The Corinthians have been boasting in all the wrong things. They think they are mature, but Paul is telling them to grow up. To boast in God and not themselves. And Paul also wants to remind them of when he first proclaimed the Gospel in Corinth. “Remember how I came to you. In weakness and fear. In much trembling.”

Sometimes God is merciful to the wise, and powerful of our age. But that’s the exception, not the rule. And for them to become a Christian actually means denying that God chooses them on the basis of their wisdom, power or position. For both the Corinthian Christians, and in Paul’s ministry, God wanted people to boast in him, not themselves. To acknowledge and respond on the basis of his power, and not their own.

The Christian message is foolishness to our world. But God’s foolishness is wiser than human wisdom. Christians can only boast in God, and not in ourselves. And Christians maturity is about having God’s Spirit, not our own wisdom. It’s about having the mind of Christ.

Let me ask these questions:

What are you taking pride in? Maybe you don’t admire secular wisdom, but is there something you boast in other than God? For me, there’s the temptation that I’ll look to my theological training. That what I learn about God becomes more important than knowing God himself. Or that I trust in my work with chaplaincy rather than in Christ.

What are you boasting in? How long you have been a Christian? Coming to St Agustine‘s Anglican Church? How much you give?

What are you trusting in? We need to hear Paul again: “He is the source of your life in Christ Jesus, whom God made our wisdom and our righteousness and sancti?cation and redemption. Therefore, as it is written, “Let the one who boasts, boast in the Lord.’”

Thus says the LORD, “Let not a wise man boast of his wisdom, and let not the mighty man boast of his might, let not a rich man boast of his riches; but let him who boasts boast of this, that he understands and knows Me, that I am the LORD who exercises lovingkindness, justice and righteousness on earth; for I delight in these things,” declares the LORD. —Jeremiah 9.23-24

Let us sing prayerfully, How Deep the Father’s Love for Us, The Christian Life Hymnal, 157

How deep the Father’s love for us
How vast beyond all measure
That He should give His only Son
To make a wretch His treasure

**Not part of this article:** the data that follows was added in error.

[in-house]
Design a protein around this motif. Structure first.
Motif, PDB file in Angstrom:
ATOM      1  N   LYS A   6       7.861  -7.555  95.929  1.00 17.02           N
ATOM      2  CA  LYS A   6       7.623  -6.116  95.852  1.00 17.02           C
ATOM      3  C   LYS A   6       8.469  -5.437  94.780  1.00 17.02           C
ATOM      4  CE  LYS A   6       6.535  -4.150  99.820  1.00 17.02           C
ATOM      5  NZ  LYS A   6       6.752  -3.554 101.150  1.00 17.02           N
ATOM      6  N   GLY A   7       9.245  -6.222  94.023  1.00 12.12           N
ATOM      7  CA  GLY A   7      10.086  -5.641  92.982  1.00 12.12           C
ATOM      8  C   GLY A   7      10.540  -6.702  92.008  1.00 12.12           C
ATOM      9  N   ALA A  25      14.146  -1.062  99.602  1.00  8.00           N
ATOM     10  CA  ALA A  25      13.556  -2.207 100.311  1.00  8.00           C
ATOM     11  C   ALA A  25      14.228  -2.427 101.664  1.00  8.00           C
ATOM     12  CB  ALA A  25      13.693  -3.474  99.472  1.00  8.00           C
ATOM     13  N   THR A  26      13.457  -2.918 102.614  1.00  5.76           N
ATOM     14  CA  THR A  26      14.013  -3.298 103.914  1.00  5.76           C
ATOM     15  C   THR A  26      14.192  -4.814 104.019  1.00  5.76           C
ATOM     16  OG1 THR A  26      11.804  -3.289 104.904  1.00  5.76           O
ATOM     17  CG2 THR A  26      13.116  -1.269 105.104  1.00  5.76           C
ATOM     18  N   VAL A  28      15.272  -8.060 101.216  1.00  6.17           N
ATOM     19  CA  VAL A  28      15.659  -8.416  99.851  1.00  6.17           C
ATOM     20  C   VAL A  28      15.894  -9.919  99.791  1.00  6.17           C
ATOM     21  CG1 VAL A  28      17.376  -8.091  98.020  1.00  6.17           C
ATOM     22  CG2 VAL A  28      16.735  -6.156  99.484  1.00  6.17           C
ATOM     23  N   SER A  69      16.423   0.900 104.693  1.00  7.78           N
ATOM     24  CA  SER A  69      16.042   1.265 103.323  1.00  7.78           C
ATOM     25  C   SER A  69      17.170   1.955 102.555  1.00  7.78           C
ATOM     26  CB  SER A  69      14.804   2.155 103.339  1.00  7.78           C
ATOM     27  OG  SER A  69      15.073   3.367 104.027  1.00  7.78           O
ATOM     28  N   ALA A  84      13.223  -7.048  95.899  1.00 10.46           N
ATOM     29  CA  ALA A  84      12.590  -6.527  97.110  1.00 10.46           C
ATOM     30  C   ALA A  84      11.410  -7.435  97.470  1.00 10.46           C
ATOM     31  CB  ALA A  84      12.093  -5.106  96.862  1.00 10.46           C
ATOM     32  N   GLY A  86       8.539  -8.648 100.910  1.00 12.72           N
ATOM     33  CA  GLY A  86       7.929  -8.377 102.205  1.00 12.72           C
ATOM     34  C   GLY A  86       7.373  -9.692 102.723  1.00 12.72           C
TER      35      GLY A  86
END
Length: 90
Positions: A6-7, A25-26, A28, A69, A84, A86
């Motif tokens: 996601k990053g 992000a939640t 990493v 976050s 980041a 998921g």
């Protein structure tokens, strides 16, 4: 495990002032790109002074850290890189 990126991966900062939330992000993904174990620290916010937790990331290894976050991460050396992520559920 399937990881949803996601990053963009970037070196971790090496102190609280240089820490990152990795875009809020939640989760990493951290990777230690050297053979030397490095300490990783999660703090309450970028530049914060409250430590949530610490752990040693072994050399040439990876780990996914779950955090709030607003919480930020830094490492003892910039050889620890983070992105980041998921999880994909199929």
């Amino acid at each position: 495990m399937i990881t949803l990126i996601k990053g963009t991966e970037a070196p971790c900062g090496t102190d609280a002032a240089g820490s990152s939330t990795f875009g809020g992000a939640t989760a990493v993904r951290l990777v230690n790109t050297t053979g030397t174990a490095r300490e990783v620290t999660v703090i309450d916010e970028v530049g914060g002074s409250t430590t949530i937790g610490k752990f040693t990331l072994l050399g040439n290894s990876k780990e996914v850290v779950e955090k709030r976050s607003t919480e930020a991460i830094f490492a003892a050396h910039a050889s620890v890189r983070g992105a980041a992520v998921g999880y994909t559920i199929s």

How great the pain of searing loss
The Father turns His face away
As wounds which mar the Chosen One
Bring many sons to glory

Behold the man upon a cross
My sin upon His shoulders
Ashamed, I hear my mocking voice
Call out among the scoffers

It was my sin that held Him there
Until it was accomplished
His dying breath has brought me life
I know that it is finished

I will not boast in anything
No gifts, no power, no wisdom
But I will boast in Jesus Christ
His death and resurrection

Why should I gain from His reward?
I cannot give an answer
But this I know with all my heart
His wounds have paid my ransom

Why should I gain from His reward?
I cannot give an answer
But this I know with all my heart
His wounds have paid my ransom

Psalm 36

Your love, 0 Lord, reaches to the heavens –
and your faithfulness to the clouds.
Your righteousness stands like the strong mountains,
your justice like the great deep; –
you, Lord, shall save both man and beast.
How precious is your loving mercy, O God! °
All mortal ?esh shall take refuge
under the shadow of your wings.
They shall be satis?ed with the abundance of your house; –
they shall drink from the river of your delights.
For with you is the well of life –
and in your light shall we see light.
O continue your loving-kindness to those who know you –
and your righteousness to those who are true of heart.

In the name of God: the Father, the Son, and the Holy Spirit. Amen

Fr. Ric Bowser: WWJT (What Would Jesus Think?)

Sermon delivered on Epiphany 3A, Sunday, January 22, 2017, at St. Augustine’s Anglican Church, Westerville, OH.

The apostle Paul tells us to be transformed by the renewing of our minds (Romans 12.2). But what does that mean and how do we let that happen? Check out what Fr. Bowser has to say about it all, especially his thoughts on the “Sacred Why,” and then let the Spirit begin to transform you by the renewing of your mind.

Lectionary texts: Isaiah 9.1-4; Psalm 27.1, 4-12; 1 Corinthians 1.10-18; Matthew 4.12-23.

Listen to the audio podcast of today’s sermon. There is no written text.

A New Year’s Resolution Worth Our Time and Effort

Sermon delivered on Epiphany 2A, Sunday, January 15, 2017, at St. Augustine’s Anglican Church, Westerville, OH.

If you prefer to listen to the audio podcast of today’s sermon, usually somewhat different from the text below, click here.

Lectionary texts: Isaiah 49.1-7; Psalm 40.1-11; 1 Corinthians 1.1-9; John 1.29-42.

In the name of God: the Father, the Son, and the Holy Spirit. Amen.

Who is the Servant in our OT lesson today? Is he Israel? The prophet? Someone else? Why should we care? This is what I want us to look at this morning.

In our lesson from Isaiah, we read the second of the so-called “Servant Songs” that describe the person and character of the “Servant of the Lord” (see also Isaiah 42.1-4, 50.4-9, and 52.13-53.12). But who is this person? The prophet at first identifies him as Israel (v.3), but later in our passage the servant is to rescue Israel (v.5). How can God call Israel to rescue itself? Is the prophet just really confused here? Maybe had some bad coffee or something?